Talking With . . . Dave Sverko in 2000

Dave Sverko (seated) with middle school students Adam Channel, Sadie Pepper and Morgan Matthews in 2000.

Back in 2000, students of Ryan Olson Day’s Options Class at the Mendocino Middle School created an oral history project with the help of Steve Jordan and a grant obtained by Deena Zarlin. They made audio recordings of their interviews with twelve “Old Timers” who told these children what it was like back in the day. Two decades later, the transcripts of these stories have been pulled from the Kelley House Museum vault, excerpted, and published now for the first time.

Number five in this series takes us to the Wheeler Street home of Dave Sverko, who is entertaining students Sadie Pepper, Adam Channel, and Morgan Matthews with tales from his life on the Coast.

Born in 1916, Dave says he lived with his family in Fort Bragg “until I was about 13, 14 years old. Then I took off on my own and I lived on a kind of diversified ranch. They had cattle, horses, and hogs, and there was a slaughter house there, and I worked for my board and I had a cabin there but I ate at the house and people just worked. It was necessary because that was in the middle of the depression, 1931, ‘32 and ’33. They were tough years but the ranch women made me go to school.”

After he graduated in 1934, “I worked in different places but I was always interested in the cattle and horse business. That was my thing. So, as quick as I could accumulate a dollar or so, well I bought a saddle horse and an old car.”

Steve Jordan asks, “About how old were you when you did this?” to which Dave replies, “Well I was about 17, 18 years old.”

During his youth, Dave operated heavy equipment for lumber companies and did “cow work” on various ranches, including the Oppenlander’s and the Grimes’ place in Comptche. Then in 1954 he moved to Mendocino, buying a house with a well on two acres for $6,500 cash, and decided to come back around to what he had loved doing as a kid – working with horses.

“The first horse I trained was for Homer Drinkwater at Comptche. Homer brought a little bay horse in and I started him. I didn’t have any barns, I had fences around so it went from there bigger and bigger. So I built my inside arena so I could train horses in the winter time. I was shoeing about 15 horses a week and I was training maybe 4 or 5 horses steady. I had 4 or 5 out there all the time.”

When young Adam asks Dave if he has any funny or unusual stories about the town, Dave starts with a tale about Palle Anderson who insisted on comparing the weight of a rock on the meat scale at Mendosa’s with its weight on the scale at Quaill’s slaughterhouse. The next story also features the slaughterhouse and the fate of Dr. Preston’s poor pet deer. The third tale is about abalone fishing.

“And another time, uh, I won’t mention any names on this, but we were all down on Portuguese beach, in the afternoon. Well one of the fishermen come in, an old timer, and the game warden showed up. Game warden – hadn’t hardly ever a game warden came down here, didn’t bother, you know. But he was a new game warden, and he came down, and there were a few boats coming in and one of the guys come in, and he had three or four ling cod and about twelve or fifteen abalones that he had got over on the other side. So he pulled up there.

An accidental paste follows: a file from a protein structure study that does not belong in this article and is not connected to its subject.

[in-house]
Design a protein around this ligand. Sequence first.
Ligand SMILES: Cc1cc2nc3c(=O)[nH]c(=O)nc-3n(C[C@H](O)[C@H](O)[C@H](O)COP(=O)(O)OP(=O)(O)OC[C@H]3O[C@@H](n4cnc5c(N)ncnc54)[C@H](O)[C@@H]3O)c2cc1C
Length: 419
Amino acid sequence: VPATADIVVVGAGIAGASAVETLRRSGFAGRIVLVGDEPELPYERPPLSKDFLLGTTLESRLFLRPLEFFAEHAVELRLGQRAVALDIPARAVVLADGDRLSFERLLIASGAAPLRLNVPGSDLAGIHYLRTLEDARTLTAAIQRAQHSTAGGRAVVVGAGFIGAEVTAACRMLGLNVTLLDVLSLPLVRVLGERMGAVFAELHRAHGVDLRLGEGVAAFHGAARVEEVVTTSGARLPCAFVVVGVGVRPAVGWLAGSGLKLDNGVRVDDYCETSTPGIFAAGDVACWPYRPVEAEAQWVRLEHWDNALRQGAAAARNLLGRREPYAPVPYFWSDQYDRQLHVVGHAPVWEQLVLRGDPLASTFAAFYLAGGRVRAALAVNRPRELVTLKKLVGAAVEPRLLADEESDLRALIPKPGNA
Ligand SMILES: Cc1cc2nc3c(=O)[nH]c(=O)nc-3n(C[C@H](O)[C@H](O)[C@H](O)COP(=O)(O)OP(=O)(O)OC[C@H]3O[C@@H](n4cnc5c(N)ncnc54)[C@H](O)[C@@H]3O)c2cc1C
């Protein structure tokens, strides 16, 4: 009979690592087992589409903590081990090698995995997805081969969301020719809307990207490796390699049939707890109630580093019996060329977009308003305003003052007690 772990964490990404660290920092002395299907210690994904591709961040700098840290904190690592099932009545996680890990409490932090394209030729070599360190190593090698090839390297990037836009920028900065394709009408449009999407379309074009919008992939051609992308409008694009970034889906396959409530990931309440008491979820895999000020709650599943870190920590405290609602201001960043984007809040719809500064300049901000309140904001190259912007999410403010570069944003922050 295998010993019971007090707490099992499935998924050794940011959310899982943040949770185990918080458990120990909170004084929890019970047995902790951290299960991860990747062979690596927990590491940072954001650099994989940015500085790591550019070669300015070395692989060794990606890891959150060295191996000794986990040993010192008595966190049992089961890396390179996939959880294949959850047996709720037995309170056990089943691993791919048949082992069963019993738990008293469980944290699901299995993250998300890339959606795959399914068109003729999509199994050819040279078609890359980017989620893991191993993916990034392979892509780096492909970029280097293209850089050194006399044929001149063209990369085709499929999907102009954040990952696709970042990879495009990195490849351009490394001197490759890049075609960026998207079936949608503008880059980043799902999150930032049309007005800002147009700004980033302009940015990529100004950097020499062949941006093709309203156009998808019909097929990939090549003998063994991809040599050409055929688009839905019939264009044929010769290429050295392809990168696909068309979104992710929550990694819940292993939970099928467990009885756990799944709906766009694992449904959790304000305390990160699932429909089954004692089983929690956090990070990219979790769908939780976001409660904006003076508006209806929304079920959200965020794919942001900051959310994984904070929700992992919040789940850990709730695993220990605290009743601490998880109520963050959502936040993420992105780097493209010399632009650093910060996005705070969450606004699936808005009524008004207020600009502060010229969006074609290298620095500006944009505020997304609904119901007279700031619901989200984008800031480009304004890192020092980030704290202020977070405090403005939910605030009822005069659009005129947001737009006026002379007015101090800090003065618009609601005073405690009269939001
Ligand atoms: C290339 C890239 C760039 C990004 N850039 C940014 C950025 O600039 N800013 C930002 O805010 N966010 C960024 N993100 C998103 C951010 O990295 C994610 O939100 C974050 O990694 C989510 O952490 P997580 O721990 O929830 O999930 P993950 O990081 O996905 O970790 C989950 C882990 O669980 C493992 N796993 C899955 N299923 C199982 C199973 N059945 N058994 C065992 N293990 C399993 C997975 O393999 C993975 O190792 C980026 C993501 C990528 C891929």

We used to help each other, slide the boats you know, across the sand, so the game warden, he went over there and he looked at that boat, and he says, You got over the limit in abalones, and the old guy says, What’re you talkin’? he says, I get abalones all the time, any time low tide, he says, I get abalones. He was one of them old Portuguese you know. The game warden, he says, You know, he says, I’m gonna confiscate your abalones, and I’m gonna have to write you out a citation. And the old guy says, What that all mean? What is that? Warden says, I’m gonna put you under arrest. And the old guy says, Whatdya mean arrest, he says, I been doin’ this for years. And, uh, the game warden says, Well, he says, I’m gonna have to arrest you. The old guy says, You can’t do that! The game warden says, Well why can’t I? You know what the old guy says, he says, I haven’t even got a license! We busted out laughing. Even the game warden, even the game warden, he laughed so much. But this old guy was serious, you know, and he had fished out of Mendocino for a good thirty years and never had a license in all that time. Never. I had to laugh when he says, Abalone, I get ‘em all the time. Oh god! (laughing). But I could go on, we had a lot of that stuff. We had a lot of fun.”

Then the kids ask about the hopes that Dave has for Mendocino. “Well, that’s a hard question because as new people take over, they’re gonna change, you know, they’re gonna change things. But I hope that the Historical Review Board stays, and the open land stays the way it is. And I’d like to see the State take Big River up for ‘bout oh, maybe a mile, mile and a half, and acquire that beach, that Georgia Pacific owns, I’d like to see ‘em take that, so it won’t be developed. And, I think the rest’ll take care of itself, you know. But, that’s the way it should be. It’s a good little town yet.”

If you would like to hear these recorded voices or read the stories in full, just give us a call at (707) 937-5791 and we’ll set you up for a visit at our research office on Albion Street in Mendocino. Our hours are Monday through Friday 1:00 to 4:00, or email us at curator@kelleyhousemuseum.org.